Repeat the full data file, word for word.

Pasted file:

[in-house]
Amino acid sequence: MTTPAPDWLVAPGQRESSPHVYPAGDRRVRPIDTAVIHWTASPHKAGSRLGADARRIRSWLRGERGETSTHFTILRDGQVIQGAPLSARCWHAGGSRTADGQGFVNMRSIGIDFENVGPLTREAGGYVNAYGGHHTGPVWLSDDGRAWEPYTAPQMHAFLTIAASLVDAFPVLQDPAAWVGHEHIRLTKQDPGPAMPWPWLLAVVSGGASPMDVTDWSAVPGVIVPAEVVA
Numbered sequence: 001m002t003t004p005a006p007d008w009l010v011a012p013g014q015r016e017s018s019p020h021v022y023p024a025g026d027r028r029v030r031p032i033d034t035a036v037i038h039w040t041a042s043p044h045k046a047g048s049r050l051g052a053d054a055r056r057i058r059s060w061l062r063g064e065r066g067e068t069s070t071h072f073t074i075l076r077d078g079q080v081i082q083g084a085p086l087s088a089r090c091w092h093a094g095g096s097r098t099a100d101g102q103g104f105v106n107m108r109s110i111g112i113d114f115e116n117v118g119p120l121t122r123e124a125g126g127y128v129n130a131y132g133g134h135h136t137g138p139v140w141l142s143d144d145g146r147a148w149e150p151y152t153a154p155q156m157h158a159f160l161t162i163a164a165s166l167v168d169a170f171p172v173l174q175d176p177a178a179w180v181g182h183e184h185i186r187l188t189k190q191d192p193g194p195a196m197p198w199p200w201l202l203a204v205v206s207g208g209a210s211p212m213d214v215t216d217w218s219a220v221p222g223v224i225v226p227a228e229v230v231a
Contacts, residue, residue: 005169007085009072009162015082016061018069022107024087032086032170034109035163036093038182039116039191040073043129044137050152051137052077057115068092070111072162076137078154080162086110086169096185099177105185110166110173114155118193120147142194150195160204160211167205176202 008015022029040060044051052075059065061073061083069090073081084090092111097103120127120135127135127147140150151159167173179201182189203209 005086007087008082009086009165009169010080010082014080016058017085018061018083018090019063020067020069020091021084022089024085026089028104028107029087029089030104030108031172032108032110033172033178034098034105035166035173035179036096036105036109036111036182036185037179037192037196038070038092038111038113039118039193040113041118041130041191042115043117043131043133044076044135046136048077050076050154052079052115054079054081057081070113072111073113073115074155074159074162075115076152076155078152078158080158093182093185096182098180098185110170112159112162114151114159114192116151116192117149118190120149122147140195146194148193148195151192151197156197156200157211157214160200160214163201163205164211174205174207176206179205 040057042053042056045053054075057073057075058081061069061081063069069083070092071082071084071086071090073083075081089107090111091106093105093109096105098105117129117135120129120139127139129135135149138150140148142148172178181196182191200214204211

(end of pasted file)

[in-house]
Amino acid sequence: MTTPAPDWLVAPGQRESSPHVYPAGDRRVRPIDTAVIHWTASPHKAGSRLGADARRIRSWLRGERGETSTHFTILRDGQVIQGAPLSARCWHAGGSRTADGQGFVNMRSIGIDFENVGPLTREAGGYVNAYGGHHTGPVWLSDDGRAWEPYTAPQMHAFLTIAASLVDAFPVLQDPAAWVGHEHIRLTKQDPGPAMPWPWLLAVVSGGASPMDVTDWSAVPGVIVPAEVVA
Numbered sequence: 001m002t003t004p005a006p007d008w009l010v011a012p013g014q015r016e017s018s019p020h021v022y023p024a025g026d027r028r029v030r031p032i033d034t035a036v037i038h039w040t041a042s043p044h045k046a047g048s049r050l051g052a053d054a055r056r057i058r059s060w061l062r063g064e065r066g067e068t069s070t071h072f073t074i075l076r077d078g079q080v081i082q083g084a085p086l087s088a089r090c091w092h093a094g095g096s097r098t099a100d101g102q103g104f105v106n107m108r109s110i111g112i113d114f115e116n117v118g119p120l121t122r123e124a125g126g127y128v129n130a131y132g133g134h135h136t137g138p139v140w141l142s143d144d145g146r147a148w149e150p151y152t153a154p155q156m157h158a159f160l161t162i163a164a165s166l167v168d169a170f171p172v173l174q175d176p177a178a179w180v181g182h183e184h185i186r187l188t189k190q191d192p193g194p195a196m197p198w199p200w201l202l203a204v205v206s207g208g209a210s211p212m213d214v215t216d217w218s219a220v221p222g223v224i225v226p227a228e229v230v231a
Contacts, residue, residue: 005169007085009072009162015082016061018069022107024087032086032170034109035163036093038182039116039191040073043129044137050152051137052077057115068092070111072162076137078154080162086110086169096185099177105185110166110173114155118193120147142194150195160204160211167205176202 008015022029040060044051052075059065061073061083069090073081084090092111097103120127120135127135127147140150151159167173179201182189203209 005086007087008082009086009165009169010080010082014080016058017085018061018083018090019063020067020069020091021084022089024085026089028104028107029087029089030104030108031172032108032110033172033178034098034105035166035173035179036096036105036109036111036182036185037179037192037196038070038092038111038113039118039193040113041118041130041191042115043117043131043133044076044135046136048077050076050154052079052115054079054081057081070113072111073113073115074155074159074162075115076152076155078152078158080158093182093185096182098180098185110170112159112162114151114159114192116151116192117149118190120149122147140195146194148193148195151192151197156197156200157211157214160200160214163201163205164211174205174207176206179205 040057042053042056045053054075057073057075058081061069061081063069069083070092071082071084071086071090073083075081089107090111091106093105093109096105098105117129117135120129120139127139129135135149138150140148142148172178181196182191200214204211